While it’s not Halloween yet, here’s a story to get you into the spooky mood. This month the University College London put philosopher Jeremy Bentham’s severed head on display. And it’s not because he did anything wrong — UCL is merely following Bentham’s wishes.
— Museum Crush (@MuseumCrush) October 2, 2017
The English philosopher was born in 1748 and is thought of as the founder of modern utilitarianism. When he died in 1832 he left instructions for what he wanted done with his corpse.
First, he wanted his body publicly dissected at the Webb Street School of Anatomy and Medicine in London. Afterward, he wanted the body preserved and stored in a cabinet he called the “Auto-Icon.”
Bentham’s skeleton and head (removed during the dissection) were stored in the Auto-Icon and dressed in his clothes. While the Auto-Icon was originally kept by Thomas Southwood Smith, one of Bentham’s followers, in 1850 the UCL acquired the body. They’ve kept it on public display, though the Auto-Icon normally featured a wax head rather than the real thing. The real head was deemed distasteful, but it stayed on display for a while, until it was locked away after being the target of numerous pranks.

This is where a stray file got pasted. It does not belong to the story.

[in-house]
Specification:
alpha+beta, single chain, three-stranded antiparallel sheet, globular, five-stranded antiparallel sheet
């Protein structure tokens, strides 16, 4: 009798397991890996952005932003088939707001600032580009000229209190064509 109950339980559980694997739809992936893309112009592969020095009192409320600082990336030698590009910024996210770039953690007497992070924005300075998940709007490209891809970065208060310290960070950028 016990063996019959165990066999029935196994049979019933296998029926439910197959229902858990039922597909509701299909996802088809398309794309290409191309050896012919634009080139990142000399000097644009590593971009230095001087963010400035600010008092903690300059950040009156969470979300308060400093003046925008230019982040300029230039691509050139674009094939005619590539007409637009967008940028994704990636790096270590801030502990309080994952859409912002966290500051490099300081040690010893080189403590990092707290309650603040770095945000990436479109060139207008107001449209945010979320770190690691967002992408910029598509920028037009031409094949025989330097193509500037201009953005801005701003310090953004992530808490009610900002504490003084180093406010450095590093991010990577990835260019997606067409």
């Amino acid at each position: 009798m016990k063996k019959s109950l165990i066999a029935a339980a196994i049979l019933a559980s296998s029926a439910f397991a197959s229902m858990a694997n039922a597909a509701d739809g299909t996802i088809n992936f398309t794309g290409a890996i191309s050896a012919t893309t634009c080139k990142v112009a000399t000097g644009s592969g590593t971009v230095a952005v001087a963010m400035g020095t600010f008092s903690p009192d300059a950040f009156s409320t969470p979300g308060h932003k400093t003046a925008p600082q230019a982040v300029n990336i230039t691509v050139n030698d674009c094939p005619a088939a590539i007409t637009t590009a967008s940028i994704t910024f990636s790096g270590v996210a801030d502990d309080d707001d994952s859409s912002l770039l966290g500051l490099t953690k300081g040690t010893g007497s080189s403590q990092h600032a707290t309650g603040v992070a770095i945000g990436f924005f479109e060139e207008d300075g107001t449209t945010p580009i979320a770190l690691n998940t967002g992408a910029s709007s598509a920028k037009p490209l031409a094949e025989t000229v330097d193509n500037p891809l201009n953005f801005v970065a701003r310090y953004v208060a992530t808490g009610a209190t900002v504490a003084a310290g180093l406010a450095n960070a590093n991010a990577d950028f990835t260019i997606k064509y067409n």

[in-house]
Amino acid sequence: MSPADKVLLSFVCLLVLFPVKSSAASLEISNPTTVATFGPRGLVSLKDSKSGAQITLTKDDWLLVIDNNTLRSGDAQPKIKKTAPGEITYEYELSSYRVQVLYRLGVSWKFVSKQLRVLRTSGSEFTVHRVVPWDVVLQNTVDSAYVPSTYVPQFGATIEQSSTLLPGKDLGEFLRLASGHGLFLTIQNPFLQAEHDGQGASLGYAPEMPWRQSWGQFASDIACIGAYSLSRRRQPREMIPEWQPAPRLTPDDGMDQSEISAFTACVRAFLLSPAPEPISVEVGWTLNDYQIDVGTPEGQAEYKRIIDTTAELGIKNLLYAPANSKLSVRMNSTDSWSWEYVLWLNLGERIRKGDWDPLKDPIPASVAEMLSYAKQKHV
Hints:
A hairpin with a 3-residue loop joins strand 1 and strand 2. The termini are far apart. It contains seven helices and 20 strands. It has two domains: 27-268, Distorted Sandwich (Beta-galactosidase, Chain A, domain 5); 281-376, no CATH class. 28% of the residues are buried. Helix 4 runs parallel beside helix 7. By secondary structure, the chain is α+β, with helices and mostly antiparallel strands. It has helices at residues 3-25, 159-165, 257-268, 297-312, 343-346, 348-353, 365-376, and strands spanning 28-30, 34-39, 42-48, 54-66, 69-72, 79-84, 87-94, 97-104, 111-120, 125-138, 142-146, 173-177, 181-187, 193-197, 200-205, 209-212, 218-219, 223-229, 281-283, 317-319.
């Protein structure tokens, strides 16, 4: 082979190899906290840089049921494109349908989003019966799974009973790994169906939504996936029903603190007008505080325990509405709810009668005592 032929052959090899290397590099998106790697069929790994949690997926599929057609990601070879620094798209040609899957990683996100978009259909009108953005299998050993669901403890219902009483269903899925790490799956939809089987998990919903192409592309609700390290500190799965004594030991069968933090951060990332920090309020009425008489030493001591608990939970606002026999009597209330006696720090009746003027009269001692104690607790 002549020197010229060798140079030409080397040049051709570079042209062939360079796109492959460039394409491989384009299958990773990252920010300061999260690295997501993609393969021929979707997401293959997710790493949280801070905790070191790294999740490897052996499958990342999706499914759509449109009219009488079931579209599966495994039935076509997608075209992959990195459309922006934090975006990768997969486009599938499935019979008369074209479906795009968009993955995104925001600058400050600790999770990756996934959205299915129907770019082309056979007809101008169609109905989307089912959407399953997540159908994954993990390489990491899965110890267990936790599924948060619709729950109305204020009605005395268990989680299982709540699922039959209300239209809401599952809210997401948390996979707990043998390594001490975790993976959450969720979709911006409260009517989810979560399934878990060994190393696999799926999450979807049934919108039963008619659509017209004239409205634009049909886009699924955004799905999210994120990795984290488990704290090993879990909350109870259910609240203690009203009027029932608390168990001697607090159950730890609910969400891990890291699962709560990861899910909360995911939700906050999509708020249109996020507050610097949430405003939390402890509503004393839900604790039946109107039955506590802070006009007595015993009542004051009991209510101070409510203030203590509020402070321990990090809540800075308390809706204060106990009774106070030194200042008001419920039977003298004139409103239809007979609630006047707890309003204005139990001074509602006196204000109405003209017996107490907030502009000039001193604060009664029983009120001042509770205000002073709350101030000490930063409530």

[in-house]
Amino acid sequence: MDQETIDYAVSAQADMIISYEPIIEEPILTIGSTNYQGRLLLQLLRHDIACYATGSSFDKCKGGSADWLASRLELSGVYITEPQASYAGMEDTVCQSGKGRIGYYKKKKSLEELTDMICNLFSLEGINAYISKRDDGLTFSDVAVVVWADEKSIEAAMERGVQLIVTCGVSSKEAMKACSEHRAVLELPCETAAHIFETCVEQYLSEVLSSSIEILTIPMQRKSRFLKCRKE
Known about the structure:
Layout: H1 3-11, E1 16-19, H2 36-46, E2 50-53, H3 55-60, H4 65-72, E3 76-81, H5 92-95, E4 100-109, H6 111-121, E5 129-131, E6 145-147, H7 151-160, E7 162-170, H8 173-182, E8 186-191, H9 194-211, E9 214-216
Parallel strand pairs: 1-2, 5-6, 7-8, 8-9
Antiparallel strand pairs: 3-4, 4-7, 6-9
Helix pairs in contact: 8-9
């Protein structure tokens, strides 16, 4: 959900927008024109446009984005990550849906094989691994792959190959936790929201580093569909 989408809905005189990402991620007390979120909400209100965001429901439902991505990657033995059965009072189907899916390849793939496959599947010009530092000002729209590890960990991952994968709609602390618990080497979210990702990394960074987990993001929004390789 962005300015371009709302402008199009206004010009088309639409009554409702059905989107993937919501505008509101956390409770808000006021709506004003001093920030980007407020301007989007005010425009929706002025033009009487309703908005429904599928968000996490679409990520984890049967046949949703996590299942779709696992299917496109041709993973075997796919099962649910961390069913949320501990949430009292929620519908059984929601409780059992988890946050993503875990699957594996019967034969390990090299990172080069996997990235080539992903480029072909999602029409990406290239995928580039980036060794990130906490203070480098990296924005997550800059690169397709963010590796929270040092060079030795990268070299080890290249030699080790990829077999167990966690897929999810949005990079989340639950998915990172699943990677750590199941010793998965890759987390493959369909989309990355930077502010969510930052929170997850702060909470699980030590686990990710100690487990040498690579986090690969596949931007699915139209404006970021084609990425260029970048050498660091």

Bentham is of course more than just a creepy guy who wanted people to look at his dead body. Aside from championing education (making him the “spiritual father” of UCL), he was the first to argue for the decriminalization of sodomy in England.
In his unpublished 1785 manuscript Offences Against One’s Self, Bentham argues homosexuality doesn’t “weaken” men, threaten population growth nor disrupt the institution of marriage. (It’s funny how, even after 300 years, the arguments against the LGBT community haven’t changed much.)
If you want to see Jeremy Bentham’s head in person, you’ve got until Feb. 28. The head can be found in the Octagon Gallery inside the Wilkins Building at the UCL.
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